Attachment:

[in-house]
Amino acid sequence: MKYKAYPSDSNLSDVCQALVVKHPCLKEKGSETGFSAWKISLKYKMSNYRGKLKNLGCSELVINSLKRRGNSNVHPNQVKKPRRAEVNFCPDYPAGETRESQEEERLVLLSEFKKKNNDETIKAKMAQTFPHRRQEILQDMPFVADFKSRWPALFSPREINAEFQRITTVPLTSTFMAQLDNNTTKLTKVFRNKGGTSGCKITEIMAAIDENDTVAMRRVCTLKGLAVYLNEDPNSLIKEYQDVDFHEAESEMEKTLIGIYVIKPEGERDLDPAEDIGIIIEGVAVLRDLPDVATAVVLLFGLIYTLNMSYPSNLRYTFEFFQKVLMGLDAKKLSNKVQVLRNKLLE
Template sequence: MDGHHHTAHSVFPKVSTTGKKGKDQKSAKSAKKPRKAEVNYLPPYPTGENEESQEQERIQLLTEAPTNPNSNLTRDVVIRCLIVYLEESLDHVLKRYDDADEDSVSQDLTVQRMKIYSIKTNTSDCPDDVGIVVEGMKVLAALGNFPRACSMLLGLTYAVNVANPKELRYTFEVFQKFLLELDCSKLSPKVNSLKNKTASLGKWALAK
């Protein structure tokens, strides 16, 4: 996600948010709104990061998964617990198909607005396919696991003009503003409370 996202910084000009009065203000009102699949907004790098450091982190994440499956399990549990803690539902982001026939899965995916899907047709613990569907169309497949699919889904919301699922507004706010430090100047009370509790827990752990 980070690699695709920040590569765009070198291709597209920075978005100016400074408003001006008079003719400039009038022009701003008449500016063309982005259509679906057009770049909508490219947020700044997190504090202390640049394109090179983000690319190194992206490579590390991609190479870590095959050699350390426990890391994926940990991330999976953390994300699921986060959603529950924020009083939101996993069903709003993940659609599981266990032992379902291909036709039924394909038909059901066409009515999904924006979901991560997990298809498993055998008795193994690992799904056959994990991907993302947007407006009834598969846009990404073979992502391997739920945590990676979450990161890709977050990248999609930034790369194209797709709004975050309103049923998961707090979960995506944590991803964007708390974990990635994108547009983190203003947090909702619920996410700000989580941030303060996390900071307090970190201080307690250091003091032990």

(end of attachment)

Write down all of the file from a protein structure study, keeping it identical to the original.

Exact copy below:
[in-house]
Amino acid sequence: MKYKAYPSDSNLSDVCQALVVKHPCLKEKGSETGFSAWKISLKYKMSNYRGKLKNLGCSELVINSLKRRGNSNVHPNQVKKPRRAEVNFCPDYPAGETRESQEEERLVLLSEFKKKNNDETIKAKMAQTFPHRRQEILQDMPFVADFKSRWPALFSPREINAEFQRITTVPLTSTFMAQLDNNTTKLTKVFRNKGGTSGCKITEIMAAIDENDTVAMRRVCTLKGLAVYLNEDPNSLIKEYQDVDFHEAESEMEKTLIGIYVIKPEGERDLDPAEDIGIIIEGVAVLRDLPDVATAVVLLFGLIYTLNMSYPSNLRYTFEFFQKVLMGLDAKKLSNKVQVLRNKLLE
Template sequence: MDGHHHTAHSVFPKVSTTGKKGKDQKSAKSAKKPRKAEVNYLPPYPTGENEESQEQERIQLLTEAPTNPNSNLTRDVVIRCLIVYLEESLDHVLKRYDDADEDSVSQDLTVQRMKIYSIKTNTSDCPDDVGIVVEGMKVLAALGNFPRACSMLLGLTYAVNVANPKELRYTFEVFQKFLLELDCSKLSPKVNSLKNKTASLGKWALAK
């Protein structure tokens, strides 16, 4: 996600948010709104990061998964617990198909607005396919696991003009503003409370 996202910084000009009065203000009102699949907004790098450091982190994440499956399990549990803690539902982001026939899965995916899907047709613990569907169309497949699919889904919301699922507004706010430090100047009370509790827990752990 980070690699695709920040590569765009070198291709597209920075978005100016400074408003001006008079003719400039009038022009701003008449500016063309982005259509679906057009770049909508490219947020700044997190504090202390640049394109090179983000690319190194992206490579590390991609190479870590095959050699350390426990890391994926940990991330999976953390994300699921986060959603529950924020009083939101996993069903709003993940659609599981266990032992379902291909036709039924394909038909059901066409009515999904924006979901991560997990298809498993055998008795193994690992799904056959994990991907993302947007407006009834598969846009990404073979992502391997739920945590990676979450990161890709977050990248999609930034790369194209797709709004975050309103049923998961707090979960995506944590991803964007708390974990990635994108547009983190203003947090909702619920996410700000989580941030303060996390900071307090970190201080307690250091003091032990």